30 Days of Go: Day 1

Introduction

I have decided to take part in a challenge to learn Golang in the next 30 days. I found a Go hackathon and thought this is the perfect opportunity because I have wanted to learn it for a while now. I have decided to split this learning up in a couple of ways. The idea is to build an application for the hackathon. My current app idea is a citizen science API. This API will allow users to upload photos of animals such as birds or insects.

I have split my learnings into the following categories:

  • Weeks 1 & 2: Learn the syntax and basics of Golang and do the gophercises
  • Week 3 & 4: Build out the API

Golang syntax

This information is referenced Golang documentation and especially Go by example.

Variables

  • Golang’s variables are explicitly declared like C#, Java
  • Golang allows multiple variables to be declared in one line
  • If the type has not been specified go will infer the types from initialized values
var a = "Hello world"
var age int = 8
// When the type has been declared it is used for both variables
var name, game string = "Scott Pilgrim", "vs The world"
// This is allowed because go will infer the types from initialization
var name, age = "Knives Chau", 18
  • Variables that are declared but not initialized will be zero-valued
  • All declared but not initialized variables must have a type
var one int
// one = 0
var decision bool
// decision = false
var word string
// word = ''
  • := is shorthand for declaring and initializing a variable e.g
num := 50

Constants

  • Constants in Go work the same as in other languages. A const can be a string, character, bool, or numerical type.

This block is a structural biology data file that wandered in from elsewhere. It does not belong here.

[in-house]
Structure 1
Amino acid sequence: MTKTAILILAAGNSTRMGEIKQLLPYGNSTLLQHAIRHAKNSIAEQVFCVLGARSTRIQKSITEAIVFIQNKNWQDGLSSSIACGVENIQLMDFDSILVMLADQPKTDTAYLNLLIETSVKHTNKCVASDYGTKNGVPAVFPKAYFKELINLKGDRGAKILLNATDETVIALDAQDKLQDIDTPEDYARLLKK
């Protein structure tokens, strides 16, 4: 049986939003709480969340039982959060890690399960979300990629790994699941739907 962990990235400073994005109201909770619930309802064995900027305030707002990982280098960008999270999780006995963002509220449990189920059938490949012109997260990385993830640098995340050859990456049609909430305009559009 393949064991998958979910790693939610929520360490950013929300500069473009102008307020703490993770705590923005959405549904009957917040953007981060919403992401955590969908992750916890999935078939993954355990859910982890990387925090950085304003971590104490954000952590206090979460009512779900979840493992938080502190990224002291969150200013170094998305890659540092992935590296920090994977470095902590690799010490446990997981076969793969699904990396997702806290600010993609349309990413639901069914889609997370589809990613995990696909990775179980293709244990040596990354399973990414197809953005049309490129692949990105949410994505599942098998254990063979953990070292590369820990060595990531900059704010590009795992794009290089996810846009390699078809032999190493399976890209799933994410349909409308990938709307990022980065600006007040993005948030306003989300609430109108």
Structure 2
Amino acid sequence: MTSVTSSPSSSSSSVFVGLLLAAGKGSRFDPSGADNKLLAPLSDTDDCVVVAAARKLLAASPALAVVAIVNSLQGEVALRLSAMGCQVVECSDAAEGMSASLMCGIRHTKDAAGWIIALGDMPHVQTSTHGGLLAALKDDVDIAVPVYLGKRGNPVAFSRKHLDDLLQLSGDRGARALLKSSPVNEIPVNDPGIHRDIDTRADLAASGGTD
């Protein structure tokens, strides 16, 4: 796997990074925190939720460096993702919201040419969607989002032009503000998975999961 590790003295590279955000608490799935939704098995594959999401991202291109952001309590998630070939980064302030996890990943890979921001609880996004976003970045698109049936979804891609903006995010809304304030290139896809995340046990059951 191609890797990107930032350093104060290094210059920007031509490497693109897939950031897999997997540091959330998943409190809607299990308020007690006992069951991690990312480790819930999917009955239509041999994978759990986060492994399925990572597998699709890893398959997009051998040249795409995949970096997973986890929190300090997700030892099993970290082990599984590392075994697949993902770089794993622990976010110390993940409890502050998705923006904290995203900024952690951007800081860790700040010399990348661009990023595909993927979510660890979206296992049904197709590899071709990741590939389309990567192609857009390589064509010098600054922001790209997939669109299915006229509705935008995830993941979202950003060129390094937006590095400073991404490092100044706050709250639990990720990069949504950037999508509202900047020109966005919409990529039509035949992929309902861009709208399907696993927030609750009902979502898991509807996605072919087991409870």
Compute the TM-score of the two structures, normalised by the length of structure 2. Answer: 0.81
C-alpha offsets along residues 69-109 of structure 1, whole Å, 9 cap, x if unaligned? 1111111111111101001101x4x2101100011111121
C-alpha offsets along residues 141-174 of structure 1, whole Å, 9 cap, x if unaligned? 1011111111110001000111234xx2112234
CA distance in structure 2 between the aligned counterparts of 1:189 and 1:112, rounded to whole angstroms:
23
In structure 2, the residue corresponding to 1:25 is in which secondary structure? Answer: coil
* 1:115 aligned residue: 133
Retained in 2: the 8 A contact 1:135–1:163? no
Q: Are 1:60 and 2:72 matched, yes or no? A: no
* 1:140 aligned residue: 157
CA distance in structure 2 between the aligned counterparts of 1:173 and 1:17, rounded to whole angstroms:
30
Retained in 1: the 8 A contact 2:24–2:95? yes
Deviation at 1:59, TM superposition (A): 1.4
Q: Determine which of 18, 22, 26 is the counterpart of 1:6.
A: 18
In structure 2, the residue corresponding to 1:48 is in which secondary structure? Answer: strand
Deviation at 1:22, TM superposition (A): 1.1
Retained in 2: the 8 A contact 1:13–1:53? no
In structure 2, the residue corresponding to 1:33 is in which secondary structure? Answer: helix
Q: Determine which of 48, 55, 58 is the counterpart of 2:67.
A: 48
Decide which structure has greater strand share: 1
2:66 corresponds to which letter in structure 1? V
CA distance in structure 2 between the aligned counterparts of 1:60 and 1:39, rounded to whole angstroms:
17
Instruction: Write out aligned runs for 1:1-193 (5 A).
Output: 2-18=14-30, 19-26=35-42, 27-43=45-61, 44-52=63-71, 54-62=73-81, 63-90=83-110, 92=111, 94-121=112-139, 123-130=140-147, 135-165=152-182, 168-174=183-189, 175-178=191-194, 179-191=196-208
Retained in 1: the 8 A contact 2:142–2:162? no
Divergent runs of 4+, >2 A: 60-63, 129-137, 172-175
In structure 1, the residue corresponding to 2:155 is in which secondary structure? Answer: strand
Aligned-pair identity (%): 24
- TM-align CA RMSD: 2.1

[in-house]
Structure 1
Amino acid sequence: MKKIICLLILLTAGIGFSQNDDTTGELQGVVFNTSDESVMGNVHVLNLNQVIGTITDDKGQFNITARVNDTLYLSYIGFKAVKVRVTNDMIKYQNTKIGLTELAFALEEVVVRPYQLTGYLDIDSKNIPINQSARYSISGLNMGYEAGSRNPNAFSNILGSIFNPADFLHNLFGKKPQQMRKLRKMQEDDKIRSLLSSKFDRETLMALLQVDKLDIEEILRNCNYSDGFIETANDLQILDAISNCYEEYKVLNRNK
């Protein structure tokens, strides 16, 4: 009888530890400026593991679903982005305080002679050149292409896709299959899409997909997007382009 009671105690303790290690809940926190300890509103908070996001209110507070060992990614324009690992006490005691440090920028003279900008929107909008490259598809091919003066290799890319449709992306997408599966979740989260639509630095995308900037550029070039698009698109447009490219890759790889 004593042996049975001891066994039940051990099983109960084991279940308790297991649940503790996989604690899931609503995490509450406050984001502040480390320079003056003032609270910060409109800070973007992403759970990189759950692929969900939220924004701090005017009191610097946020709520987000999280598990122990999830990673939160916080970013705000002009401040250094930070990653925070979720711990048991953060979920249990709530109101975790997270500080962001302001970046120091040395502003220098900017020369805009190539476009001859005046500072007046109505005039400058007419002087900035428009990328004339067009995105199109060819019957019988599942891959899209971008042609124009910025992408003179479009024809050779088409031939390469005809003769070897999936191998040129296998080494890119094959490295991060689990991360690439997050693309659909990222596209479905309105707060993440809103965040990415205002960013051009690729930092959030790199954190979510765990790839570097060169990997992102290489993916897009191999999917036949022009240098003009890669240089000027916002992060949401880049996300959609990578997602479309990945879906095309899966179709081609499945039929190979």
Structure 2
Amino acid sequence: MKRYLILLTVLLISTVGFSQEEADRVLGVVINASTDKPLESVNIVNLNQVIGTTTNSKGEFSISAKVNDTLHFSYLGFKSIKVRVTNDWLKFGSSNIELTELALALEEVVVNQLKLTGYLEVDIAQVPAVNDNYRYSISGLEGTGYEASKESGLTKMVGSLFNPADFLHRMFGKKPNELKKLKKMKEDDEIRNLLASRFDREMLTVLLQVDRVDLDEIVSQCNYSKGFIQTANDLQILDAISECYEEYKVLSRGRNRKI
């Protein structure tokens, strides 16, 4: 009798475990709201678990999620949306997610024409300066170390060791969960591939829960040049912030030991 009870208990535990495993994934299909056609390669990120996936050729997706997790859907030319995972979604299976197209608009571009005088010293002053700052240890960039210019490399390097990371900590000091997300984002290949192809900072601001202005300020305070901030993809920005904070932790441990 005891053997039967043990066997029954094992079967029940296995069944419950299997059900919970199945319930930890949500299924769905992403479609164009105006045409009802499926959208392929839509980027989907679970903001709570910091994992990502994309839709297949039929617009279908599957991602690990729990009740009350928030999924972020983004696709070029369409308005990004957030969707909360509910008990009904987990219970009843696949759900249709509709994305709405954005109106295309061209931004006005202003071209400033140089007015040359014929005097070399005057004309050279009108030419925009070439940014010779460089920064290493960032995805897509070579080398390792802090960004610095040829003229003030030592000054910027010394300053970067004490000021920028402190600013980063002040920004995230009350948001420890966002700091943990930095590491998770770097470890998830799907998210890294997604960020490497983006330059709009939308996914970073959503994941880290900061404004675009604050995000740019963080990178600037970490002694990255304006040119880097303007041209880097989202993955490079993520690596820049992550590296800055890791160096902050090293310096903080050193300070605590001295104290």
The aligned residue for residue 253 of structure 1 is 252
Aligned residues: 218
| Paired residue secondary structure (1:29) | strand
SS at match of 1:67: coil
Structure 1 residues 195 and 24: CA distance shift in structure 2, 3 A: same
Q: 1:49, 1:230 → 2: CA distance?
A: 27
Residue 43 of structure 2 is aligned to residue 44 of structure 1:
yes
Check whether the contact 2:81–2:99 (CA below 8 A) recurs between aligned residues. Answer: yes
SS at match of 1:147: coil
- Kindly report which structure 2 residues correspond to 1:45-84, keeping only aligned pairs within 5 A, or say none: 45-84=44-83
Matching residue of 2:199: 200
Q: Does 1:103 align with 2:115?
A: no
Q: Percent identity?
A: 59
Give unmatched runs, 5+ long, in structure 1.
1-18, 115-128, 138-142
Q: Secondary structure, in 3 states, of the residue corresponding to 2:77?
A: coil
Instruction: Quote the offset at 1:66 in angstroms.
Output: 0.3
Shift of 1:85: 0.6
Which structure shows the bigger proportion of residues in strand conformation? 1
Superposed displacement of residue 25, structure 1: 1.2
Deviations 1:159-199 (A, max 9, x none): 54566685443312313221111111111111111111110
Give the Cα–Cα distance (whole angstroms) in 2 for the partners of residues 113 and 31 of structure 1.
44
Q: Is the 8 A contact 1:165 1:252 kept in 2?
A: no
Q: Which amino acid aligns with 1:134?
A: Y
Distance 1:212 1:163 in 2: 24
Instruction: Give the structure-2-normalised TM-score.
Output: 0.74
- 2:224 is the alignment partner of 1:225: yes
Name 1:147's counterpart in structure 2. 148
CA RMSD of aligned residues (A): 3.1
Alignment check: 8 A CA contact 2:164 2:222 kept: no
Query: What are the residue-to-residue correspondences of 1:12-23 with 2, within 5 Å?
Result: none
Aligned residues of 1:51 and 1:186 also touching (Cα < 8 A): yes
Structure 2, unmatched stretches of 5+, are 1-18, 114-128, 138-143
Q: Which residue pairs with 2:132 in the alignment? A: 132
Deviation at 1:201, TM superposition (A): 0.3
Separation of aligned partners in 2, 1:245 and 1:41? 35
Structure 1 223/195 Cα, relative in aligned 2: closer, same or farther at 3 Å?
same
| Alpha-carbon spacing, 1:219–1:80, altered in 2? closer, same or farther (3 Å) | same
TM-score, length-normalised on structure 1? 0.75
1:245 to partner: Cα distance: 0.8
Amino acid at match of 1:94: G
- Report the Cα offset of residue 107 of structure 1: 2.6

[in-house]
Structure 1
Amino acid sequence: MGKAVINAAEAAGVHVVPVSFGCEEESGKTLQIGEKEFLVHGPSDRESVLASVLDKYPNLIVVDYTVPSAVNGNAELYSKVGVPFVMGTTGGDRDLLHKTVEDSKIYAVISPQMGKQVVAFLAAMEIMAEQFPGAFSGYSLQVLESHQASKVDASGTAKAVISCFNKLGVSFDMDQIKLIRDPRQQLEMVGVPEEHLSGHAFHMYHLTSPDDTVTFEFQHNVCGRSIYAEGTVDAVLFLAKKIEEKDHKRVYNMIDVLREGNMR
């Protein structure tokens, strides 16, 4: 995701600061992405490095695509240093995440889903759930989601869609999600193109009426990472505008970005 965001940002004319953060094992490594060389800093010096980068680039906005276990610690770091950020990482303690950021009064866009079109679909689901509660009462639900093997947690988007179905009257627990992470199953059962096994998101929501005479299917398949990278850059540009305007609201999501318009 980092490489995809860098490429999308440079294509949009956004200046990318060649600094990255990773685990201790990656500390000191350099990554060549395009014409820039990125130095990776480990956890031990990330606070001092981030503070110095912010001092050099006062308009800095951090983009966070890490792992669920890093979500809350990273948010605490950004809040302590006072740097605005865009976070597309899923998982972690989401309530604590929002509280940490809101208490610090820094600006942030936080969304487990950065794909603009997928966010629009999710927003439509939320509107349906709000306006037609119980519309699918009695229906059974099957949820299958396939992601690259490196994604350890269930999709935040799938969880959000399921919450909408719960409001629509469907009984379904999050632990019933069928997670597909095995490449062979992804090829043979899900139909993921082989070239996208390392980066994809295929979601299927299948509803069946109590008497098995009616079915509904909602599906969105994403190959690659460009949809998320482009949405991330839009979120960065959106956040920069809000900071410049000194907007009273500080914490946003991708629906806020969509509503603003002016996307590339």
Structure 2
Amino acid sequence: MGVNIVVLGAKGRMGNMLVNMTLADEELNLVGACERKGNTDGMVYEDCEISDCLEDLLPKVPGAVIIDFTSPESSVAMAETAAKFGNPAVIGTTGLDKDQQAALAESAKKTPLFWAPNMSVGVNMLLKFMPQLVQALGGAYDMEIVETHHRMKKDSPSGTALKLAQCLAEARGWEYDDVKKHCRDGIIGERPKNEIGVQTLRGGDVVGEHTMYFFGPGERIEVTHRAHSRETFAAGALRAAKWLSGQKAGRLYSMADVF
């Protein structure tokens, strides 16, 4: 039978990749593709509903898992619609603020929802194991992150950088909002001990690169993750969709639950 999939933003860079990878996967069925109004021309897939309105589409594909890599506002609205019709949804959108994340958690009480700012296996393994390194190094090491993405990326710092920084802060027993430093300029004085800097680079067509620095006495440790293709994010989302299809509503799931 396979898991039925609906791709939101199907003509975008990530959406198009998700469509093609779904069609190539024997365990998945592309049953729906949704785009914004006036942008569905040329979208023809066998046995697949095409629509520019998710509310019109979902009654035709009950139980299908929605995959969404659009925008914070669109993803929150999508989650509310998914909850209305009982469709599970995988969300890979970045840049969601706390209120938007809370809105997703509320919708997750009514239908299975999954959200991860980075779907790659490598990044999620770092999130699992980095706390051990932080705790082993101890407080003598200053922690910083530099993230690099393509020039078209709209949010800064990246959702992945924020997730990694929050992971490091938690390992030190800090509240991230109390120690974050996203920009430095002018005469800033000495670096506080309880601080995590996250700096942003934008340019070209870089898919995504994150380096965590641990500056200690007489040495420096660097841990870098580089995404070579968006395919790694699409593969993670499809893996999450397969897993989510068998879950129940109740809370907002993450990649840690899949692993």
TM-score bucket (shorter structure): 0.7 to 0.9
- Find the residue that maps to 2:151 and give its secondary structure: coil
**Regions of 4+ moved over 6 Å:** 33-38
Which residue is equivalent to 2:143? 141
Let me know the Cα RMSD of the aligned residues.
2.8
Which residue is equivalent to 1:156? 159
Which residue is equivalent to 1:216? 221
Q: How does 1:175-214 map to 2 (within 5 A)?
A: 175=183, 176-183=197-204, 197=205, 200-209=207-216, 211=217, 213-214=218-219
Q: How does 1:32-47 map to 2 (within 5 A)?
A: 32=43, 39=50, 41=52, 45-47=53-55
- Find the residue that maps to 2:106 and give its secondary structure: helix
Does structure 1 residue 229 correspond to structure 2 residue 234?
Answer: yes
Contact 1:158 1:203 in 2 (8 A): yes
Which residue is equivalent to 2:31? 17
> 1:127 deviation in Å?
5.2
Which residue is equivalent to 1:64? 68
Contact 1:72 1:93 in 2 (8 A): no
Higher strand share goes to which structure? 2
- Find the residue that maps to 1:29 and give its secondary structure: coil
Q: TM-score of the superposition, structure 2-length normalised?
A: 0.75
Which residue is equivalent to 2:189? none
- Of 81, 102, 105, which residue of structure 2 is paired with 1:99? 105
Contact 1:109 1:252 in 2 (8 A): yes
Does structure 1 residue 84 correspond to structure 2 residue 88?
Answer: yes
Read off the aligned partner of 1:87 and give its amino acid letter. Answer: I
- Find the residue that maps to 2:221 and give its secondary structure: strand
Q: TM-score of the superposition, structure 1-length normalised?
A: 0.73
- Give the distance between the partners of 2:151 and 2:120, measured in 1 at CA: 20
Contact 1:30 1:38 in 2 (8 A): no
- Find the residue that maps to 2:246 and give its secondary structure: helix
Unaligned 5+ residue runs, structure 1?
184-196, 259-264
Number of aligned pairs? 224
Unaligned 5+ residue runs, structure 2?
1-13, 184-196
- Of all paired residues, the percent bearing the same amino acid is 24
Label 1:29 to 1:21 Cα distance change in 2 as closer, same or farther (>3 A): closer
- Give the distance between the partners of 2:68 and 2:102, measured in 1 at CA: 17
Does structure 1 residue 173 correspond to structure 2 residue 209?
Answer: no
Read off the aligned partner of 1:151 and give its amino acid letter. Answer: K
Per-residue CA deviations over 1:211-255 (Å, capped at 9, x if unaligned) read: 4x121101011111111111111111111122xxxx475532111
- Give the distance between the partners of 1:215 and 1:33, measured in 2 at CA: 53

const test string = "Steven Stills"
  • Numerical constants perform arithmetic with arbitrary precision
  • A numerical constant has no type until it is given one from a function or is cast to a type

Flow Control

Loops

  • Go only has for loops and they can be initialized in the following ways:
i := 0
for i <= 4 {
    fmt.Println(i)
    i = i + 1
}

for j := 4; j <=8; j++ {
    fmt.Println(j)
}
  • infinite loops have no conditions and can be stopped with a break statement
for {
    fmt.Println("The infinite sadness")
    break
}
  • the continue keyword can be used to go to the next iteration of a loop
for i :=3; i <= 33; i++ {
    if i % 3 == 0 {
 continue
    }
    fmt.Println("Love evans")
}

If else

  • If else blocks are like most other programming languages
  • Parenthesis are not needed in the if statement but braces are
if x == 3 {
    fmt.Println("Young Neil")
} else if x > 5 {
    fmt.Println("Neil")
} else {
    fmt.Println("Meh")
}
  • Go’s if block can have a statement before the condition. Any variable declared in the statement can be used in all the branches of the if block.
if x := 4; x < 0 {
    fmt.Println(x)
} else if x > 1 {
    fmt.Println("True")
} else {
    fmt.Println("Do something else")
}
  • Go has no ternary if statements like javascript x == 2? "Yes": "No"

Switch statements

  • A switch statement in Go is like other programming languages
  • The default case is optional
  • Cases can have multiple expressions
  • a switch can have no expressions which will make it function like an if statement
switch i {
case 1:
    fmt.Println("One")
case 2:
    fmt.Println("Two")
case 3, 4, 5:
    fmt.Println("Others")
default:
    fmt.Println("Default is optional")
}

// Swtich with no condition
t := 5
switch {
case t < 4:
    fmt.Println("Less than 4")
default:
    fmt.Println("Else")
}
  • A type switch compares types instead of values
  • Use this switch to discover an interface’s type
  • Using .(type) does not work outside a type switch
myType := func(i interface{}){
    switch t := i.(type){
    case bool:
 fmt.Println("Im boolean")
    case int:
 fmt.Println("Im integer")
    default:
 fmt.Println("Im anything else")
    }
}

This was a fruitful first day and there’s more to come.


Date
April 18, 2022